Responsive web design will make sure your website presents as you intend it to regardless of the device someone is using to access it. While there are some who feel the hamburger icon (three horizontal lines) is overused, it is a solid option for mobile-friendly navigation. It only makes sense to take advantage of the fact that today’s consumers are well trained at this point to look to the upper right corner of a mobile website to find this menu option. Another mobile navigation best practice is to ensure that any phone number offered on your site turns into an auto-dial button when tapped.
5. Breadcrumb Navigation
Breadcrumb navigation is a secondary navigation scheme that shows a site user his exact location on the website. Think Hansel and Gretel leaving a trail to find their way out of the forest. This navigational strategy provides users a way to trace their way back to their original landing point on the website.
Breadcrumb navigation works well for websites with large amounts of content that is organized in a hierarchical manner. The horizontally arranged text links function similarly to a progress bar and indicate the relative level of the web pages. Because each step is delineated in the breadcrumb list, users may also opt to jump directly back to any particular page they visited along the way without having to use the back arrow and risk getting lost. There is little room for confusion or frustration when a site visitor always knows his location on the site.
6. Use the Logo to Link to the Home Page
It should first be stated that your brand’s logo should have a prominent and permanent place in the header of your website. This best practice not only reminds your target audience of your brand, but it also has become a standard feature that consumers expect. By linking your logo to the home page, you are providing continuous access to the main content of your website.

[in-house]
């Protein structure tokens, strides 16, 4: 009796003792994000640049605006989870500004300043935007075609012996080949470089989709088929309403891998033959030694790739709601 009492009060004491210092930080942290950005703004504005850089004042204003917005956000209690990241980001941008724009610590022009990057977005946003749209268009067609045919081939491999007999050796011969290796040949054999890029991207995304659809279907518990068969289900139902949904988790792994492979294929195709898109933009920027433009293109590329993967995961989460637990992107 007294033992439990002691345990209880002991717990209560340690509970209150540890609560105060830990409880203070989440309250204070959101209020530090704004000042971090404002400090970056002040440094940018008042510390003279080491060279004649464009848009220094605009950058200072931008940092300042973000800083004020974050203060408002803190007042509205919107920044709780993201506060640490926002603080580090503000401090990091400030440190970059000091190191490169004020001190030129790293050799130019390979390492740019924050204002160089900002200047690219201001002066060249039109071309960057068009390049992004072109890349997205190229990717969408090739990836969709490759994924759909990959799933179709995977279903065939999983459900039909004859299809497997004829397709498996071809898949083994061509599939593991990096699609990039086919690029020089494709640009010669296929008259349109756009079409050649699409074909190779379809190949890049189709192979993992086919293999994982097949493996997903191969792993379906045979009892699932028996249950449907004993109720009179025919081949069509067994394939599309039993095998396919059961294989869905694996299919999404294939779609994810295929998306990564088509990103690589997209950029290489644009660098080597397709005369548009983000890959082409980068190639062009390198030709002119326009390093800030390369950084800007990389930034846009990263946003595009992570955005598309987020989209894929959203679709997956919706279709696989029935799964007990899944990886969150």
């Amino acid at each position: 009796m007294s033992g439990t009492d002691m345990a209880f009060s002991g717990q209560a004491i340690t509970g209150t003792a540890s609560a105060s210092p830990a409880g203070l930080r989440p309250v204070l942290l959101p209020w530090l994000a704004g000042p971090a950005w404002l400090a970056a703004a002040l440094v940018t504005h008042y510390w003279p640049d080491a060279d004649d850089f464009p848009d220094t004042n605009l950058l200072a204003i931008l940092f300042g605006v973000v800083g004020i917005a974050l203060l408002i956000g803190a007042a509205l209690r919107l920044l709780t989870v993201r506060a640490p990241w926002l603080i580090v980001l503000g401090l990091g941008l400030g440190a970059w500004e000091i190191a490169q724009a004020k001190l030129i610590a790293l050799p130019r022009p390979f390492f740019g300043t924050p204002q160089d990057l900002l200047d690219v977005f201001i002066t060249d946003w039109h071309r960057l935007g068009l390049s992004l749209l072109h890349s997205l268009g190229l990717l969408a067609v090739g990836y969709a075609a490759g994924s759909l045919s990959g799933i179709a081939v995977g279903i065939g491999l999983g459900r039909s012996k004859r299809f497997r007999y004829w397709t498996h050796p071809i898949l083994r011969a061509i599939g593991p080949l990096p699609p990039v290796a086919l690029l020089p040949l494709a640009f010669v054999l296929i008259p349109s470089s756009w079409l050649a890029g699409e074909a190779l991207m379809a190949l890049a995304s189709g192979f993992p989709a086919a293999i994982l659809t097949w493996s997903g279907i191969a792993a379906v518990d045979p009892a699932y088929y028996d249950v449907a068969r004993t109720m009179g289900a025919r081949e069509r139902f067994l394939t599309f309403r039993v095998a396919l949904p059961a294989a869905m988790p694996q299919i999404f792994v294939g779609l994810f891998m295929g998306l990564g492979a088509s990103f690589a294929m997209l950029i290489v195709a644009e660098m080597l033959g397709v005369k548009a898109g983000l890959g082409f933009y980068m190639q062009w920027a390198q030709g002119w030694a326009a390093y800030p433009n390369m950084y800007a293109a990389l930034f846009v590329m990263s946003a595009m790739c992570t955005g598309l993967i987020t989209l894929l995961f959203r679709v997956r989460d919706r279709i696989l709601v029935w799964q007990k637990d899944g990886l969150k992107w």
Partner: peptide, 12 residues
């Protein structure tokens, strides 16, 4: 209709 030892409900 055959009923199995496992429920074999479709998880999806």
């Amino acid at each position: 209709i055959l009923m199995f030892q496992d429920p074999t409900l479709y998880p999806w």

7. Minimal Header Options
The header is one of the most valuable sections of your website as it (should) appear on every page with the possible exception of a sales page. We just mentioned that your logo should be part of the header. Beyond that, keep the number of items presented at the top of your web pages to a minimum. The page title, main navigation menu, and search bar are expected features in any website header. Depending on your brand, you may also include a shopping cart or bag, user profile link, and a login/logout button.
8. Search Bar
As we mentioned above, consumers have come to expect a search bar option in the header of a website. The more quickly a site visitor can find what he is looking for, the more likely he will be to convert from a site visitor to a customer. If he has to click through menu after menu, he may very well leave before he finds what he is looking for.
9. Include a Site Footer
The footer of your website is an excellent place to provide brand contacts, email sign up, as well as social and legal links. If your brand features a content heavy website, the footer can also be used as a secondary navigational site. There has also been a move towards footer navigation for mobile device purposes as users can more easily reach with their thumbs the lower portion of their devices than the header.
Improving the navigation of your website will increase user experience, site traffic, and your site’s ranking with search engines. As you design or redesign your website, keep in mind these tips:
Be purposeful and strategic as you determine the order of navigational content
Use descriptive labels
Limit the number of menu items
Offer responsive navigation
Provide breadcrumb navigation
Use the logo to link to the home page
Include minimal header options
Offer a search bar
Include a site footer
The more intuitive and easier it is to use your website, the lower your bounce rate and higher your conversions will be. Effective, clear navigation will positively impact user experience. Does your website navigational design help visitors find their way? For a roadmap to clarity and all of your digital marketing needs, contact the experts at Strategy Driven Marketing.